November 2, 2012
(UPDATED) Church of the Holy Sepulchre Threatens Temporary Closure Over Jerusalem Water Bill
Church's bank account frozen over decades of unpaid utility bills.
(Update: Bloomberg News reports that Israeli authorities reached a deal to end eight years of disagreement between the government the Church of the Holy Sepulchre over the church's US$2.3 million water bill debt. The Israeli government has agreed to cancel the outstanding debt, but the church will pay water bills from 2012 forward.)
The Church of the Holy Sepulchre may be located on one of the holiest sites in all Jerusalem—Calvary—but its historic location does not exempt it from paying utilities.
At least, that is the argument made by Jerusalem water company Hagihon, which recently began pressing the church to pay up on decades of water-bill debt. Until it does, the Greek Orthodox Patriarchate of Jerusalem's bank account remains frozen, leaving the church unable to pay salaries. The church has threatened to close for a day in protest.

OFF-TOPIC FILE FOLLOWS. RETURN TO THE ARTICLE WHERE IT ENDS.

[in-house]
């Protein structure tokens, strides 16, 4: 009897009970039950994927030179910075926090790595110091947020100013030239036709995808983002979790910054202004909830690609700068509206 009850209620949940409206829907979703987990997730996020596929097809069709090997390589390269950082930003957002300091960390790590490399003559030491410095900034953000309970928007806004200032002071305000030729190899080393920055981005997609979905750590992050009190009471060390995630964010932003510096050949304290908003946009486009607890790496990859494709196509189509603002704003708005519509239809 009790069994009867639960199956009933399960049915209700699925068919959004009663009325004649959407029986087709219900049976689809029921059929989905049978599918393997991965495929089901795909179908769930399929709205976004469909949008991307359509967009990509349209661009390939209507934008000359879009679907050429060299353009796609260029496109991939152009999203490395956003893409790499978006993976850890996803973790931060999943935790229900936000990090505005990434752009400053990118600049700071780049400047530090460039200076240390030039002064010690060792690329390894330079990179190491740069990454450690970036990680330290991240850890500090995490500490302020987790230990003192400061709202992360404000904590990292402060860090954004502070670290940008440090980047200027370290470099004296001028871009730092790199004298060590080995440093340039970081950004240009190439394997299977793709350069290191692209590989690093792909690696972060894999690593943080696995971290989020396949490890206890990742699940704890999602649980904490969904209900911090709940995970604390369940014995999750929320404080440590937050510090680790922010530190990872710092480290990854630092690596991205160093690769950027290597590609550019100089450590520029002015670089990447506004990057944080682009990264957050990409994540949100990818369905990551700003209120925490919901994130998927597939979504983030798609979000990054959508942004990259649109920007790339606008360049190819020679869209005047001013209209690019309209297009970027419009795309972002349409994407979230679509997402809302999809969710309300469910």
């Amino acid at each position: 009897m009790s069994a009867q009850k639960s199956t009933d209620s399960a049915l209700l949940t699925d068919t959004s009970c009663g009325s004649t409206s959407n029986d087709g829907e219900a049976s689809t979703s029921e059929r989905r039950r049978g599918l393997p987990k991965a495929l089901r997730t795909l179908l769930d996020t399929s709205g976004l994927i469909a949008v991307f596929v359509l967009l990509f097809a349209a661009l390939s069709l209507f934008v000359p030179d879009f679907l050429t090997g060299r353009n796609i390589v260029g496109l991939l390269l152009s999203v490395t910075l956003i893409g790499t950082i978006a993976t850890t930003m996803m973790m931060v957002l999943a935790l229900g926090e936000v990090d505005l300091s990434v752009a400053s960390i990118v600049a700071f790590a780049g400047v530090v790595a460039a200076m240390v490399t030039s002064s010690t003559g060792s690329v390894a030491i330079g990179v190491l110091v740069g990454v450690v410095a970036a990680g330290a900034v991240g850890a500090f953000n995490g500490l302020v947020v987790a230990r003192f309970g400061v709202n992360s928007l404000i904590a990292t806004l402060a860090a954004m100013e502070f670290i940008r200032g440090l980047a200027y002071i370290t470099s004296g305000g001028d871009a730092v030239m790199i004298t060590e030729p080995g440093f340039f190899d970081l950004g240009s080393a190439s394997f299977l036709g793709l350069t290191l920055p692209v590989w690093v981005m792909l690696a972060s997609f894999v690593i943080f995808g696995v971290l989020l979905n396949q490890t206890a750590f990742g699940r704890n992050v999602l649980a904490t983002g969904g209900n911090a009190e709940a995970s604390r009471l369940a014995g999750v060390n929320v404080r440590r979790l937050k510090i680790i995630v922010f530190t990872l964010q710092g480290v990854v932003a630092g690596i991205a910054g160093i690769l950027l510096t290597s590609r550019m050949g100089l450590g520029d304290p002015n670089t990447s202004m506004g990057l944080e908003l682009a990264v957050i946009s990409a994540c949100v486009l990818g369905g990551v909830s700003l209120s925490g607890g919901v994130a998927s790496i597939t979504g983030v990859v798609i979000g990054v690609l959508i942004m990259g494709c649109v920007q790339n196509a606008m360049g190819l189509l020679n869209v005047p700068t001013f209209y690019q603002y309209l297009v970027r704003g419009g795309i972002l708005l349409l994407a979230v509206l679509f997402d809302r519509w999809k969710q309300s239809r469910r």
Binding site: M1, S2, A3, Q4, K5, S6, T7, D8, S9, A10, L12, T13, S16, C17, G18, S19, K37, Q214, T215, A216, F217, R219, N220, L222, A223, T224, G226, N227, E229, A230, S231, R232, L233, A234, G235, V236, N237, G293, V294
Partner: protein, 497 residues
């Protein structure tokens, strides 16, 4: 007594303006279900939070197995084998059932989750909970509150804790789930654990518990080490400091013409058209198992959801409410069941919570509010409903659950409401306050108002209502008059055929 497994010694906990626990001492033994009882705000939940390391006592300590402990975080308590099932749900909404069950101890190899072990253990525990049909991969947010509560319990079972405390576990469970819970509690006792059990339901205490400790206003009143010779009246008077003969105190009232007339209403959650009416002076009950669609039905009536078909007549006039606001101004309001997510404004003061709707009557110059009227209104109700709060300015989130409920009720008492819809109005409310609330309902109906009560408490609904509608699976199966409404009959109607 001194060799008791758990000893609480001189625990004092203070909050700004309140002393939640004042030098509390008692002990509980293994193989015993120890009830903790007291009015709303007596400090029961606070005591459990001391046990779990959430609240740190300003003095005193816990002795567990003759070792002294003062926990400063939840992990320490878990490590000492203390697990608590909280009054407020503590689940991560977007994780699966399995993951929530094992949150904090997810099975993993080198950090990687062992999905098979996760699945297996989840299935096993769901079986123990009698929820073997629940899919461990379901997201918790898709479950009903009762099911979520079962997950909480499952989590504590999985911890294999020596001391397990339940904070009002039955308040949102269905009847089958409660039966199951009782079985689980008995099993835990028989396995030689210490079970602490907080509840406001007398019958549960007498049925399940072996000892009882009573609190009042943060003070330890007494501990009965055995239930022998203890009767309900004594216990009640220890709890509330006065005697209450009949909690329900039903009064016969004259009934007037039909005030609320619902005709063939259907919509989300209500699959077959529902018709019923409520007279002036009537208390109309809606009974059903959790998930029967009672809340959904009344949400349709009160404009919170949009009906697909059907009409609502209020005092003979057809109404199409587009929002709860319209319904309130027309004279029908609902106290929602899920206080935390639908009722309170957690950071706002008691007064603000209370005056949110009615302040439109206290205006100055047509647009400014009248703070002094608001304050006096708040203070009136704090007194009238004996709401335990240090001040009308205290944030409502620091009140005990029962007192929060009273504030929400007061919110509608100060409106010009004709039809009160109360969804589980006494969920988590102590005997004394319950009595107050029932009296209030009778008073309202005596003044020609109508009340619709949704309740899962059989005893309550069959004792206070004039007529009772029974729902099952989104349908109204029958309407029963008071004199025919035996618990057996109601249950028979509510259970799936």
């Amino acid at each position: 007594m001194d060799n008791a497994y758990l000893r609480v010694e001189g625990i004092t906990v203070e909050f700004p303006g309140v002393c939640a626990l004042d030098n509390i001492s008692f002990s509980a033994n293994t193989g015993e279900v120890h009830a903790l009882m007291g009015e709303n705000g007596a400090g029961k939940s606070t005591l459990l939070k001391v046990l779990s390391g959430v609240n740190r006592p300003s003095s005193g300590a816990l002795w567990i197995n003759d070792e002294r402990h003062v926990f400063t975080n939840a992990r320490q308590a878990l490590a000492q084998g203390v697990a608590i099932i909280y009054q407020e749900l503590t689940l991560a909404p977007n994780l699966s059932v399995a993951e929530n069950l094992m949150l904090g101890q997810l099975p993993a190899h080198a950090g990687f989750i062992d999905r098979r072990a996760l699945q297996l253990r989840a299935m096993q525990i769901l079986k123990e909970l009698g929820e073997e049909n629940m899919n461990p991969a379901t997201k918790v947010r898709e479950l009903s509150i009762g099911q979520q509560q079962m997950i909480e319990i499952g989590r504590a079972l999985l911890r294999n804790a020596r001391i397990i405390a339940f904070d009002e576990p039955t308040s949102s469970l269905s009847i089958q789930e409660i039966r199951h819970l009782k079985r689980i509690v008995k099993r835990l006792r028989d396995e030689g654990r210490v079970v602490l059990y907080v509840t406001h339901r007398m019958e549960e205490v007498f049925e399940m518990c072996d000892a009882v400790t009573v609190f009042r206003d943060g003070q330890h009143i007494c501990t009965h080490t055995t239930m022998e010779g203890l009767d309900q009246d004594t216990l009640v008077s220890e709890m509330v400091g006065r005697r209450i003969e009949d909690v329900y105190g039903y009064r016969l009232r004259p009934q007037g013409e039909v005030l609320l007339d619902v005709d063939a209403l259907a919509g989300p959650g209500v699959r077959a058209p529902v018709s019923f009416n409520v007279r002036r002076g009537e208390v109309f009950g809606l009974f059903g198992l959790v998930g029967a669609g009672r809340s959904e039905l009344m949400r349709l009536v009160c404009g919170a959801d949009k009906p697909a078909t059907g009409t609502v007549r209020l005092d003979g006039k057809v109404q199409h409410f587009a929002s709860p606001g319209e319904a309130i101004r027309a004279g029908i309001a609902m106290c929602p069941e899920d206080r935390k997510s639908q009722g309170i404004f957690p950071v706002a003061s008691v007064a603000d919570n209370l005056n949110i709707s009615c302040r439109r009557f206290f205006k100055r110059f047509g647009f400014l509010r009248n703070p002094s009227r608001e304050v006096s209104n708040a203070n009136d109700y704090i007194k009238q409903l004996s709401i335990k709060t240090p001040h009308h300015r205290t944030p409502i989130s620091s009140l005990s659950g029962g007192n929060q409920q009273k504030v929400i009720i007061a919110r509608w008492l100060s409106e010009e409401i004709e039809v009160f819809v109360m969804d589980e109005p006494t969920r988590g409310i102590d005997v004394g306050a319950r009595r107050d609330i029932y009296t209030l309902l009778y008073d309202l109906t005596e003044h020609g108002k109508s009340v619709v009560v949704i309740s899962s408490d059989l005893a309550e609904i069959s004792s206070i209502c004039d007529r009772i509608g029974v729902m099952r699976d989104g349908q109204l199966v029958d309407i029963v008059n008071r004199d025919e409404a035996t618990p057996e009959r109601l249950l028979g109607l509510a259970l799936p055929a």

The General Secretary of the Patriarchate, Archbishop of Constantina Aristarchos, told Reuters the church would be willing to pay for future utilities, but paying "the accumulated debt, stemming back years, would be problematic."
A report in Israeli newspaper Maariv on Friday said that for decades a former mayor of Jerusalem exempted the Patriarchate from paying for water used by the Church of the Holy Sepulchre. A spokesman for Hagihon, however, said the law did not permit the company to make such exemptions.
CT previously reported that churches in Israel jointly oppose new property taxes on church buildings. Church leaders, representing an array of historic denominations, say the attempted property tax is an "aggressive action" not imposed by any previous governing body in the geographical area.
American churches have faced similar struggles: Chicago-area nonprofits and churches recently lost free access to water at their facilities.